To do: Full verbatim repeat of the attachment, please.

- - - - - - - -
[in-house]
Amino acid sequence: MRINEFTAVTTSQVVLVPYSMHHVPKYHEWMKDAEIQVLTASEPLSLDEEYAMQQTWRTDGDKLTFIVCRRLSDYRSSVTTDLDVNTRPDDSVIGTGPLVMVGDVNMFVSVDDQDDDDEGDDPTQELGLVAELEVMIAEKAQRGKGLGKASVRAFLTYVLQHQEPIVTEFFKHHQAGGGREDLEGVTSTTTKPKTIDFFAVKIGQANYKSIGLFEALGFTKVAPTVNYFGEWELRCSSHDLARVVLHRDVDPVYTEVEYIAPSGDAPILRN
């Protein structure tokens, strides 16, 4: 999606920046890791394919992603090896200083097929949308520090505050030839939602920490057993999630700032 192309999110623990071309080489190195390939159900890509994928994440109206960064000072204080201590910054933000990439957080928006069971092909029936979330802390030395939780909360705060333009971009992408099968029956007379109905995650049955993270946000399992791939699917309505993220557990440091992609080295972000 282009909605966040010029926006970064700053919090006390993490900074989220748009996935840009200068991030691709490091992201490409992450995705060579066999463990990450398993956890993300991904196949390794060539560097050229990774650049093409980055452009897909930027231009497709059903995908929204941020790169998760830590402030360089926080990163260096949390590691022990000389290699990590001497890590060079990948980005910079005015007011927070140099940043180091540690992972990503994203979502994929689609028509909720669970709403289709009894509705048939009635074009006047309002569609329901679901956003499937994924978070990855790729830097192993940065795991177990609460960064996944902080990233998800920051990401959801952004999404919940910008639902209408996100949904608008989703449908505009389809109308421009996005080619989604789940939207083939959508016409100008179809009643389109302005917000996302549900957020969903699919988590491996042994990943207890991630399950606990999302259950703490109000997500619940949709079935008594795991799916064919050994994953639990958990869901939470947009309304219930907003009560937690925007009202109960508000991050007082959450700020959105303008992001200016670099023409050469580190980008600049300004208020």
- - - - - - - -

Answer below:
[in-house]
Amino acid sequence: MRINEFTAVTTSQVVLVPYSMHHVPKYHEWMKDAEIQVLTASEPLSLDEEYAMQQTWRTDGDKLTFIVCRRLSDYRSSVTTDLDVNTRPDDSVIGTGPLVMVGDVNMFVSVDDQDDDDEGDDPTQELGLVAELEVMIAEKAQRGKGLGKASVRAFLTYVLQHQEPIVTEFFKHHQAGGGREDLEGVTSTTTKPKTIDFFAVKIGQANYKSIGLFEALGFTKVAPTVNYFGEWELRCSSHDLARVVLHRDVDPVYTEVEYIAPSGDAPILRN
């Protein structure tokens, strides 16, 4: 999606920046890791394919992603090896200083097929949308520090505050030839939602920490057993999630700032 192309999110623990071309080489190195390939159900890509994928994440109206960064000072204080201590910054933000990439957080928006069971092909029936979330802390030395939780909360705060333009971009992408099968029956007379109905995650049955993270946000399992791939699917309505993220557990440091992609080295972000 282009909605966040010029926006970064700053919090006390993490900074989220748009996935840009200068991030691709490091992201490409992450995705060579066999463990990450398993956890993300991904196949390794060539560097050229990774650049093409980055452009897909930027231009497709059903995908929204941020790169998760830590402030360089926080990163260096949390590691022990000389290699990590001497890590060079990948980005910079005015007011927070140099940043180091540690992972990503994203979502994929689609028509909720669970709403289709009894509705048939009635074009006047309002569609329901679901956003499937994924978070990855790729830097192993940065795991177990609460960064996944902080990233998800920051990401959801952004999404919940910008639902209408996100949904608008989703449908505009389809109308421009996005080619989604789940939207083939959508016409100008179809009643389109302005917000996302549900957020969903699919988590491996042994990943207890991630399950606990999302259950703490109000997500619940949709079935008594795991799916064919050994994953639990958990869901939470947009309304219930907003009560937690925007009202109960508000991050007082959450700020959105303008992001200016670099023409050469580190980008600049300004208020």